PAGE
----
Minority groups’ impetus to push the boundaries of cinematic language.

These considerations also interrogate the cinematic languages ascribed to characters that belong to linguistic minorities. The inclusion of characters that embody cultural stereotypes associated to foreign or regional languages and varieties can generate aesthetic encounters and generic hybridity, in the vein of those noticeable in Everything Everywhere All at Once (Kwan & Scheinert, 2022). Given marginalized directors’ personal positioning outside of the norm, to what extent could their works be said to resist traditional serial and cinematic codes? Could some of them be said to resort to cinematic passing? And if, to Christina N. Baker, black women filmmakers’ creative works function as “instrument[s] of ideological change and resistance,”[7] how far could a similar remark apply to the works of filmmakers who identify with other minorities? Could their works allude to the emergence of multiple cinematic languages that might resist the norms of hegemonic cinema? If so, what could be said about the evolution of the cinematic languages of marginalized filmmakers who became involved in mainstream projects? If cinematic minority is understood in opposition to mainstream cinema, how do minority cinemas contribute to the emergence of multiple cinematic langues and langages that resist the codes of hegemonic cinema? Would it not be more fitting, as film scholar Christian Metz wondered[8], to refer to cinematic languages as cinematic langues instead?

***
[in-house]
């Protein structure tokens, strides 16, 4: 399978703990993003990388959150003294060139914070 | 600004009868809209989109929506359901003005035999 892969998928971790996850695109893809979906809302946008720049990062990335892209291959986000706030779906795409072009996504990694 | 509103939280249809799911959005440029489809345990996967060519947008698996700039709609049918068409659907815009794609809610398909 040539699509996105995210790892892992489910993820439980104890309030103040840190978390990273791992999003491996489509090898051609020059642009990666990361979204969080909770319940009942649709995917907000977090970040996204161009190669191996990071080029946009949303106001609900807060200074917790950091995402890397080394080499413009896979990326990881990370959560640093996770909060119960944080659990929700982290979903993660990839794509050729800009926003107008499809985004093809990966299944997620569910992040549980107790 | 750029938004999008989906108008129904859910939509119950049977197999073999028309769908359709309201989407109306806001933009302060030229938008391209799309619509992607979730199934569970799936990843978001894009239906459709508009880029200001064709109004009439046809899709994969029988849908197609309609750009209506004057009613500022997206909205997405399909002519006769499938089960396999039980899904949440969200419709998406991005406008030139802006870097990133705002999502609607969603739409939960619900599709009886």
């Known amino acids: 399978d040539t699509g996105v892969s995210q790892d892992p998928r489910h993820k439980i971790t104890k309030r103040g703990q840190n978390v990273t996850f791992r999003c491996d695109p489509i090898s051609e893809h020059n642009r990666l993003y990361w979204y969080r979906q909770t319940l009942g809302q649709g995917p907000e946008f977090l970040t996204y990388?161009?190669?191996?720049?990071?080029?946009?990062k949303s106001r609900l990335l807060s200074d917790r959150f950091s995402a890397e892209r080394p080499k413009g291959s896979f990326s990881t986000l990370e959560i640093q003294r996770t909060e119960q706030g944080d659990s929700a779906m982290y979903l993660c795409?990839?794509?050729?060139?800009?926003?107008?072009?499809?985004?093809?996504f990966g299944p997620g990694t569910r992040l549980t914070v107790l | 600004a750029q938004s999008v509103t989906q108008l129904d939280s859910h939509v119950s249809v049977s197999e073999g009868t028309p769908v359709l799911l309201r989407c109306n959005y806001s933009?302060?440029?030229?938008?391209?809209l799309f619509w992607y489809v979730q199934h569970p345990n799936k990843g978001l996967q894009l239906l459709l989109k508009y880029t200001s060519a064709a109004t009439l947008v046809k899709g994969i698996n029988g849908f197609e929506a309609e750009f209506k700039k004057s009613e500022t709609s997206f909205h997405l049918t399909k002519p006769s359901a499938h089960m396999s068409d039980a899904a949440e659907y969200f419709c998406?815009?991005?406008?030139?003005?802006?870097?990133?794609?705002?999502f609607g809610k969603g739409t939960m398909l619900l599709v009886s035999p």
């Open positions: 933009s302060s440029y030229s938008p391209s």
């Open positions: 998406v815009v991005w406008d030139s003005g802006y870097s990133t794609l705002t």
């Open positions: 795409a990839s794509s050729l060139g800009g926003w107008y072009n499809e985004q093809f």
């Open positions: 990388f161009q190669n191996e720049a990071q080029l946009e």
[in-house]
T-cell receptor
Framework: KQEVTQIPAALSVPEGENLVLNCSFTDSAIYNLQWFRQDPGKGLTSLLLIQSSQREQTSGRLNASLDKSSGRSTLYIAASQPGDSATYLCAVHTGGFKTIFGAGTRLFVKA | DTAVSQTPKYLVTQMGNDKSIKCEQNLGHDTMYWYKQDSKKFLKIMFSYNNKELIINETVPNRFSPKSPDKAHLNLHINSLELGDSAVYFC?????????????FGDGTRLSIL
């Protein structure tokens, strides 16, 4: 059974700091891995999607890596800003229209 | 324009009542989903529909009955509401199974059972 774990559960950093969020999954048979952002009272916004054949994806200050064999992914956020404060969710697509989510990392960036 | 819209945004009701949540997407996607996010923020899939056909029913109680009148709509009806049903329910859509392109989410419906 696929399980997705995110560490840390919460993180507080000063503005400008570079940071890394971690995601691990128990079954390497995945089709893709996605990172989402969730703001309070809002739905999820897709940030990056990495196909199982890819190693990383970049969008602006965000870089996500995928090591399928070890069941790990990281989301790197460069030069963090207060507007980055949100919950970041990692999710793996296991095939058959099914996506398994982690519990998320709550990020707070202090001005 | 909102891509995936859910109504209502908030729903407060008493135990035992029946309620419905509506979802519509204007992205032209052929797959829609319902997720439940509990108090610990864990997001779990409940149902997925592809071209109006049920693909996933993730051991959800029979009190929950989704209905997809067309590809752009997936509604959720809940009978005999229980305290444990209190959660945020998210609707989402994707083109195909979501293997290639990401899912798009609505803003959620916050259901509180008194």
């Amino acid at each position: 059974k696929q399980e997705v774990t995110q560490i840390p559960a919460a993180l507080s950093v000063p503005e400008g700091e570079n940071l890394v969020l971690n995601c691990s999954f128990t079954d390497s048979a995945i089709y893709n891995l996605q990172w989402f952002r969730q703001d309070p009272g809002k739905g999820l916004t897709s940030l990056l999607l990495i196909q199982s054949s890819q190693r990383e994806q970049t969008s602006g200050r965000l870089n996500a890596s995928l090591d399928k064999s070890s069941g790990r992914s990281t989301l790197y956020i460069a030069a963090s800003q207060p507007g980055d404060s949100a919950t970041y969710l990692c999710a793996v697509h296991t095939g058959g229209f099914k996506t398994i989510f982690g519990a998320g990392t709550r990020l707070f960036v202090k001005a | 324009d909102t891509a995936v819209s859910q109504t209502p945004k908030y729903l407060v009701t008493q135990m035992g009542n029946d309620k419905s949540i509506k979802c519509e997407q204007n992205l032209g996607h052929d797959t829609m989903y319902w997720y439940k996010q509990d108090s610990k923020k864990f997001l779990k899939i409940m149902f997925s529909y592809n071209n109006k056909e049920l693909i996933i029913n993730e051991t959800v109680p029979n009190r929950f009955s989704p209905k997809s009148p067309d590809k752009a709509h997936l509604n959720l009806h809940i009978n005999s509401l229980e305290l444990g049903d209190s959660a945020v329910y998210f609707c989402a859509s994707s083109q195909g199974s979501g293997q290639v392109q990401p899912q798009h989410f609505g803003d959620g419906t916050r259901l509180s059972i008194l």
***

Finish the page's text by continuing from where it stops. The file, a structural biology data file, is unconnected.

This study can apply to films and series from all English-speaking media regardless of format or time period. Contributions can also focus on the following topics directly linked to the subject:

  • The different means of representing various linguistic minorities’ experiences
  • The representation of Otherness through language
  • The subtitling and translation of minority voices
  • The commodification of minority languages and linguistic identities
  • Audiovisual adaptations of minority authors’ works
  • Audiovisual adaptations by minority filmmakers
  • Cinematic languages and the development of new means of representation
  • The place of linguistic identities in film studies and in film theory
  • Film and series generic influences and possible hybridization in the works of minority filmmakers and series producers
  • The politics of representation of minority languages
  • The reception of minority languages